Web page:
Cotton Gum TreeThe Cotton Gum (Nyssa aquatica, Marsh.) is the large tupelo of the swamps, a tree with an unusually broad base, an abundance of corky roots, and a superb pyramidal crown. Trunks 3 to 4 feet in diameter and 80 to 100 feet high are not at all unusual.
White cottony down is noticeable throughout the treetop as spring growth begins. The young leaves divest themselves of this covering as they mature, except as a lining. These leaves are large, oval, often remotely toothed or lobed.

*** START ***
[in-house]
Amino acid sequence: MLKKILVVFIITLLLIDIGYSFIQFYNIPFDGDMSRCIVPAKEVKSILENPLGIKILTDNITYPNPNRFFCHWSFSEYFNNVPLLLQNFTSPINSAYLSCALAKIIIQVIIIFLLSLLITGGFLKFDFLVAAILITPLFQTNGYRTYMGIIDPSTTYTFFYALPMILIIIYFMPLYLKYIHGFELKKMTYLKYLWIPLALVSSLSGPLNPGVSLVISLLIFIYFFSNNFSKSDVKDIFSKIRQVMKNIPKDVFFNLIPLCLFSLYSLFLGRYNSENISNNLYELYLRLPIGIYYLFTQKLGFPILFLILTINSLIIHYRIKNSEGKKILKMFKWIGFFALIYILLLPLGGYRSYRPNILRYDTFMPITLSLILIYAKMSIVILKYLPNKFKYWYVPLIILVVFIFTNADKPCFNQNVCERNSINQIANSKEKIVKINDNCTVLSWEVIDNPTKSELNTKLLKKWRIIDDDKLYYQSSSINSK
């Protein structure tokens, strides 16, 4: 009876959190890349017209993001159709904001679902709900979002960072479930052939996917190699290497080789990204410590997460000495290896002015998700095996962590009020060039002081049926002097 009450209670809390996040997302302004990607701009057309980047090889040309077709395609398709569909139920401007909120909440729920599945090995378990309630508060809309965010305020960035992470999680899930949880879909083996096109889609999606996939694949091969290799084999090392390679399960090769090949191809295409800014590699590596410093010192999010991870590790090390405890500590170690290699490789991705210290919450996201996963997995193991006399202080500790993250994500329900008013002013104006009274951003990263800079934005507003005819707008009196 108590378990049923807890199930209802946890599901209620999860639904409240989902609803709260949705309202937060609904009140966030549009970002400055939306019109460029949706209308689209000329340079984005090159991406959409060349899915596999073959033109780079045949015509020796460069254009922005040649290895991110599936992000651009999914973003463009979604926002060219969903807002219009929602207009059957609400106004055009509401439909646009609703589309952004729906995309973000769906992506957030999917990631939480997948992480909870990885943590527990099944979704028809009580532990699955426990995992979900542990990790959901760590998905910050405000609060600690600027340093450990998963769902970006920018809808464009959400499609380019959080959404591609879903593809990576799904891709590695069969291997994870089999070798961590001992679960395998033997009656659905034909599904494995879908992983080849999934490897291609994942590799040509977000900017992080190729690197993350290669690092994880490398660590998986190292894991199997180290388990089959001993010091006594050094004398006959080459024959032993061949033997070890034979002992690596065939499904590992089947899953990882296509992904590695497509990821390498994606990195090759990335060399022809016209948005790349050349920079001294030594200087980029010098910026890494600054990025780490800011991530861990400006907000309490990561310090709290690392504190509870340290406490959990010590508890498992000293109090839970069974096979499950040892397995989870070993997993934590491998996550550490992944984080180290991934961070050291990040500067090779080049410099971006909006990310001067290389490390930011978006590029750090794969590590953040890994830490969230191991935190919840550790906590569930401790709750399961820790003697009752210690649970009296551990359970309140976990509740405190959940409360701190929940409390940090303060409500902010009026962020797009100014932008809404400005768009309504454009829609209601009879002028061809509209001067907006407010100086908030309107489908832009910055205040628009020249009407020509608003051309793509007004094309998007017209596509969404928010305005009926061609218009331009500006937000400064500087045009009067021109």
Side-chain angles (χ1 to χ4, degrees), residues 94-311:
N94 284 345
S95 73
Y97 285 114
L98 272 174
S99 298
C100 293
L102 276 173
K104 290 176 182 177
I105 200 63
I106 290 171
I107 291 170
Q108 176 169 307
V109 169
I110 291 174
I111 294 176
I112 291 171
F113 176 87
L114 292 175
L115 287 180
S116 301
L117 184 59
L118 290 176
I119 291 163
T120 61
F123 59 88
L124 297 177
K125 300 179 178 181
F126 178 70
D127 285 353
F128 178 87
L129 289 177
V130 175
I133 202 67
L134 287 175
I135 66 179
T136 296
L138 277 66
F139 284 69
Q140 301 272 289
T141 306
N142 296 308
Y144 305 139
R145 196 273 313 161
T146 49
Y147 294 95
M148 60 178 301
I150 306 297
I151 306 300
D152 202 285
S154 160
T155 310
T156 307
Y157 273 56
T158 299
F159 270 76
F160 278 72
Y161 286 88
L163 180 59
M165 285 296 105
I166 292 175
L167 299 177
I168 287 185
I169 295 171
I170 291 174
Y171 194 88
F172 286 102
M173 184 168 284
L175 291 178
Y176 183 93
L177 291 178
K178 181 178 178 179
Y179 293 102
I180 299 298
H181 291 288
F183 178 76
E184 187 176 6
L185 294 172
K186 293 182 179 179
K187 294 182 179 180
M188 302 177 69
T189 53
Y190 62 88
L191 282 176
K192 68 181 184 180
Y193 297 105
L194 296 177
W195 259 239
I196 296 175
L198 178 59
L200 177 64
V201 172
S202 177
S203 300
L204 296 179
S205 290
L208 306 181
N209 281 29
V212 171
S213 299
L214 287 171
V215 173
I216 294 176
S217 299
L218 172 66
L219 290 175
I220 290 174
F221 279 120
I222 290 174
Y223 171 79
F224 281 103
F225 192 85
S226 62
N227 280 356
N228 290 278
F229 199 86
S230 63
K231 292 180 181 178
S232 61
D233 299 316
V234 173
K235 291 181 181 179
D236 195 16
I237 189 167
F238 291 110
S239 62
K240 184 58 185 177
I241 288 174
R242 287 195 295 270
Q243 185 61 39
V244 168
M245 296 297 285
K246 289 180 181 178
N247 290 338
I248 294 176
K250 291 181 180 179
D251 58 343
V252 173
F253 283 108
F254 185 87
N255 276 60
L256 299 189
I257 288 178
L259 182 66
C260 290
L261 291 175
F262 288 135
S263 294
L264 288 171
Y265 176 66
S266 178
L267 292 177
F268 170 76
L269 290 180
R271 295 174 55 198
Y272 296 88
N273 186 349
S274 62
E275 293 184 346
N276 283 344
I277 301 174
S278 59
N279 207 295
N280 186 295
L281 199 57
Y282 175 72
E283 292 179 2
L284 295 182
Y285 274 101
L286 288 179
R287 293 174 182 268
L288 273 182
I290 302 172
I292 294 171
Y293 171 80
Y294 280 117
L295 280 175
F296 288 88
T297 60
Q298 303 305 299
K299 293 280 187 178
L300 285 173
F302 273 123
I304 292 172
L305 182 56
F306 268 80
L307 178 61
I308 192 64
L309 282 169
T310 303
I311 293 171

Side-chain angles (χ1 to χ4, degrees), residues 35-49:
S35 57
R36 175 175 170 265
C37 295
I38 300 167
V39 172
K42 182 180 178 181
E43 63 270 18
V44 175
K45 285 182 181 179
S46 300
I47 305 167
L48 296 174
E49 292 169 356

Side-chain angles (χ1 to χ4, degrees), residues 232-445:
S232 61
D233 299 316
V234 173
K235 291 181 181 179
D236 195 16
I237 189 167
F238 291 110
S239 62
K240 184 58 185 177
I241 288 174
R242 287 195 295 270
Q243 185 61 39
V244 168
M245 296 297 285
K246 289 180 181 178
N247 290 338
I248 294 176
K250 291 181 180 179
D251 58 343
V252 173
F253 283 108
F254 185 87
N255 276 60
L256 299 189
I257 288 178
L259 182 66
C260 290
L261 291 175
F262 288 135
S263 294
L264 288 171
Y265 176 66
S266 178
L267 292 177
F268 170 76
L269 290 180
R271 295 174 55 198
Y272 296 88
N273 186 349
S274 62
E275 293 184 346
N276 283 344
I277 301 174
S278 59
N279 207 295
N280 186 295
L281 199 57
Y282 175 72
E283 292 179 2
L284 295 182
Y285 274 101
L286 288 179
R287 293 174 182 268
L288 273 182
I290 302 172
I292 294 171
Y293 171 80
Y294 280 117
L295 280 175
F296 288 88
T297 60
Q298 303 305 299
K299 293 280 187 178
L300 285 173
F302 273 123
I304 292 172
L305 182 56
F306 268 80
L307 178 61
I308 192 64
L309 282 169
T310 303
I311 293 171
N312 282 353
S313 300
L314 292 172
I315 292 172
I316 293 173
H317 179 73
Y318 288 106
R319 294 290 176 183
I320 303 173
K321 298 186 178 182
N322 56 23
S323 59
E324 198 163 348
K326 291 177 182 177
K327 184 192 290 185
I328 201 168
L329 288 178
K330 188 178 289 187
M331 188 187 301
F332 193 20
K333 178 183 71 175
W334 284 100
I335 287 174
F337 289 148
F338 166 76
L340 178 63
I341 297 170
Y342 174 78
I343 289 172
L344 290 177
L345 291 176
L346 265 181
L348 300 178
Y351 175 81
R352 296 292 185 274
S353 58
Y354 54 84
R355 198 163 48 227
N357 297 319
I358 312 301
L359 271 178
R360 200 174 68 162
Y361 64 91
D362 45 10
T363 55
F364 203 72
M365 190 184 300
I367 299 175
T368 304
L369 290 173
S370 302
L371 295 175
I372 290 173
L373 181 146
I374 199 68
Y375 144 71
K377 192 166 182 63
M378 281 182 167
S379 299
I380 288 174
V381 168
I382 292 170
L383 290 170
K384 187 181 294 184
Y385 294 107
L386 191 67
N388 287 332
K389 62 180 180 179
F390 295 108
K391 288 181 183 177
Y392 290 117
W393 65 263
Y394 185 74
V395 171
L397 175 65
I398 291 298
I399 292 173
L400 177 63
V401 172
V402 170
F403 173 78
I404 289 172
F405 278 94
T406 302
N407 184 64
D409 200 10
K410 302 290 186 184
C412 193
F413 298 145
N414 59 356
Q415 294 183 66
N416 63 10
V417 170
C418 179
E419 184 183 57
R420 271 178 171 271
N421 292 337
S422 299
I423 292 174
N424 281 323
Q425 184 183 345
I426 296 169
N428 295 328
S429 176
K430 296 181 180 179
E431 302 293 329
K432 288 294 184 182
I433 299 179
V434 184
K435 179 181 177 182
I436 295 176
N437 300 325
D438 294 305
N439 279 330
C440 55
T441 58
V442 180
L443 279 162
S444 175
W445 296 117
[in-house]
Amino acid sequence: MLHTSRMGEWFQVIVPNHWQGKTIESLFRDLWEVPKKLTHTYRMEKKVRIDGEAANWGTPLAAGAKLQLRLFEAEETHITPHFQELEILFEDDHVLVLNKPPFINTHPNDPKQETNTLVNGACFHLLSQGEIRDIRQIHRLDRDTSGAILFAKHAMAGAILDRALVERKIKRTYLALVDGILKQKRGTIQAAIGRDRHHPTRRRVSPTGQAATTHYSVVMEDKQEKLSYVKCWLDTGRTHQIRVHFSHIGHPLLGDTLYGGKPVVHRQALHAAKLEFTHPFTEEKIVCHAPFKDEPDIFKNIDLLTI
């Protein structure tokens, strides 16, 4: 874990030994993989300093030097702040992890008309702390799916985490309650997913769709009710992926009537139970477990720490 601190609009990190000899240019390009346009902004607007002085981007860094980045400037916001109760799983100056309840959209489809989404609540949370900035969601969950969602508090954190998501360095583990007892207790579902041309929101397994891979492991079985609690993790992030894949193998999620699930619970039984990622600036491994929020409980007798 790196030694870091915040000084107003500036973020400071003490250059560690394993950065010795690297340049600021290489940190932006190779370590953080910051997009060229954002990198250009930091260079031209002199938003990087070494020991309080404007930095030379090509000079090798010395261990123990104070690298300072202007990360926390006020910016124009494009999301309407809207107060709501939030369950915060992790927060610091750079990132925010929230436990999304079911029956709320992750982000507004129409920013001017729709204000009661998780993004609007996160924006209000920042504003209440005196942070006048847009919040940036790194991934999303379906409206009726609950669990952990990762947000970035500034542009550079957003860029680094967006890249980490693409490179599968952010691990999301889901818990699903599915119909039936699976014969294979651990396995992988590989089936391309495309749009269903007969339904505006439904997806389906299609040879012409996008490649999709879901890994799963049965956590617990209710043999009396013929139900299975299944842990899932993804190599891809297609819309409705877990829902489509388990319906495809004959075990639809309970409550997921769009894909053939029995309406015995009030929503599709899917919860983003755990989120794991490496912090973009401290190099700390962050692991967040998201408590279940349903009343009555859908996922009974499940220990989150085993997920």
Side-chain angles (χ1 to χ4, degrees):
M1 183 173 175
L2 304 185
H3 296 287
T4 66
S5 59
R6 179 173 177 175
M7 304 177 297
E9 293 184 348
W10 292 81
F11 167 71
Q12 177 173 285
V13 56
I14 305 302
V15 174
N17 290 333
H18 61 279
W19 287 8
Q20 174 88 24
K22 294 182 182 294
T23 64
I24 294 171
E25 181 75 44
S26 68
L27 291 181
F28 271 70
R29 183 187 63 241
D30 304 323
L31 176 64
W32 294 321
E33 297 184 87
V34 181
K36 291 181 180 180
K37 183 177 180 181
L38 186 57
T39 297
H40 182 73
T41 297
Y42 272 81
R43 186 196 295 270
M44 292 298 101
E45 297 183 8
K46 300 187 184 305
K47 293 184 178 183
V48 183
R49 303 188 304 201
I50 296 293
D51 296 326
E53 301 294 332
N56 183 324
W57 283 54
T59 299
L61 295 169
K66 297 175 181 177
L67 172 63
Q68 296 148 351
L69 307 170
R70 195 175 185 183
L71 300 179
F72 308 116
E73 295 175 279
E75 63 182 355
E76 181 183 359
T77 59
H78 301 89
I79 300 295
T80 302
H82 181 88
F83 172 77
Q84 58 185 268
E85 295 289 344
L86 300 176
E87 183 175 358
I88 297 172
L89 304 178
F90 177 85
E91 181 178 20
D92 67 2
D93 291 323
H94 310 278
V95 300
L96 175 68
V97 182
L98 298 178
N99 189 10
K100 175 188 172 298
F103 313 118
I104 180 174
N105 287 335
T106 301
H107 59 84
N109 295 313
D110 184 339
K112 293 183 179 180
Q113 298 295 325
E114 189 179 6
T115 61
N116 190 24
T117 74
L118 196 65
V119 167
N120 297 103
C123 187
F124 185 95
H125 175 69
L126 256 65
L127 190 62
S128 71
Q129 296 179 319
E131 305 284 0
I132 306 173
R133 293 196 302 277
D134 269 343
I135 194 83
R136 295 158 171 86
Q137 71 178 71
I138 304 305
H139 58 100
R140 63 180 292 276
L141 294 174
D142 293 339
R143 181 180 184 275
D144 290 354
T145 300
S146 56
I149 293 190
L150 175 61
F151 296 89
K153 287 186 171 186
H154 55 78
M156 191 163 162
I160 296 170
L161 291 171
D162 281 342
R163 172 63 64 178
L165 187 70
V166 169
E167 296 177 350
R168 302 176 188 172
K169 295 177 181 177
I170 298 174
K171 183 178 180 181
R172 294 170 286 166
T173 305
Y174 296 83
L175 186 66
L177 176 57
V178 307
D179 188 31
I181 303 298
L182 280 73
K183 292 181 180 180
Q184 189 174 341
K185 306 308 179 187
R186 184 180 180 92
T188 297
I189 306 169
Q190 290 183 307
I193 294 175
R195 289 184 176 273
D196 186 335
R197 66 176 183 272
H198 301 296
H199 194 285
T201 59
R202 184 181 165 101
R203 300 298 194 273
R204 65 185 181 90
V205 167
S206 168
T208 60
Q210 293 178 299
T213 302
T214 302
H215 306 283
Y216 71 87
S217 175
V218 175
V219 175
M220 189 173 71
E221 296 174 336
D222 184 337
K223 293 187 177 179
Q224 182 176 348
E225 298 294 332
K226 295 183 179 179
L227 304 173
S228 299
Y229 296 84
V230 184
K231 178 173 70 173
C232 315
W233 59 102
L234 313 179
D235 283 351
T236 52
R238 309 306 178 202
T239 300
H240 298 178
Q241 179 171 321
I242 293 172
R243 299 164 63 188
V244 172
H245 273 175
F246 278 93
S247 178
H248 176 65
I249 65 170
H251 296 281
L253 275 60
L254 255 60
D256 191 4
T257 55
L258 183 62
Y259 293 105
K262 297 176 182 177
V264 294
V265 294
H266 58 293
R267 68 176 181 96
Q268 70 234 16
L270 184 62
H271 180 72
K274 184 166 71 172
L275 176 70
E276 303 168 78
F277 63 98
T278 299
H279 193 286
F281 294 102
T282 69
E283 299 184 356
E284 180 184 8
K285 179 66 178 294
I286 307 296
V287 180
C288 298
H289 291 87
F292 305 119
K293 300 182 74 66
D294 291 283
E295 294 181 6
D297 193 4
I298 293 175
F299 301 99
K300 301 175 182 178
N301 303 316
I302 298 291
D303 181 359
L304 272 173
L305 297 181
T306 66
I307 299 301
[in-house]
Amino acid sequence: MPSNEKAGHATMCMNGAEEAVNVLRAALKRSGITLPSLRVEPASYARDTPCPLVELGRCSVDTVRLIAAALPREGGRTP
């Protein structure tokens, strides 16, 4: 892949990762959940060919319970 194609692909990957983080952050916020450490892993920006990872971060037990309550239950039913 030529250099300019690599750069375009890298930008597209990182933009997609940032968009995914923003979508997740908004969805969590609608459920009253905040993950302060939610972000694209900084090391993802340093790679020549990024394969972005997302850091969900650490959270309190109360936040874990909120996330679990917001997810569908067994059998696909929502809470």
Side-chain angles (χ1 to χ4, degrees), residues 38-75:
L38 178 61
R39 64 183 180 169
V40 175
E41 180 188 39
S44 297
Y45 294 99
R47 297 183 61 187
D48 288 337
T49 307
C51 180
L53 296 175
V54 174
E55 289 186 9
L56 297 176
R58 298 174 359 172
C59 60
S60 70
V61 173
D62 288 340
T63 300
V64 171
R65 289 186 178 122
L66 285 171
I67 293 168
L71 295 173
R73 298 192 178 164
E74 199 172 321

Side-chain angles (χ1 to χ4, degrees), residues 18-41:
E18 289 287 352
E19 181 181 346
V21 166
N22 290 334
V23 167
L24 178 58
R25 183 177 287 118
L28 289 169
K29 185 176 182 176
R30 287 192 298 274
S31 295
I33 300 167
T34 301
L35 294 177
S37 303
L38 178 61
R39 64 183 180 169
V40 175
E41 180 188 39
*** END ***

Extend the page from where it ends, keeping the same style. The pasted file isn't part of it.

The fruit is purple, and hangs on long, flexible stalks among the gay-coloured leaves in autumn. It has not the popularity of the Ogeechee limes, for the flesh is thin and the skin is tough.
The lumber is largely used for fruit crates, broom handles and other cheap articles. The tree is seen at its best in the cypress swamps of Louisiana and Texas.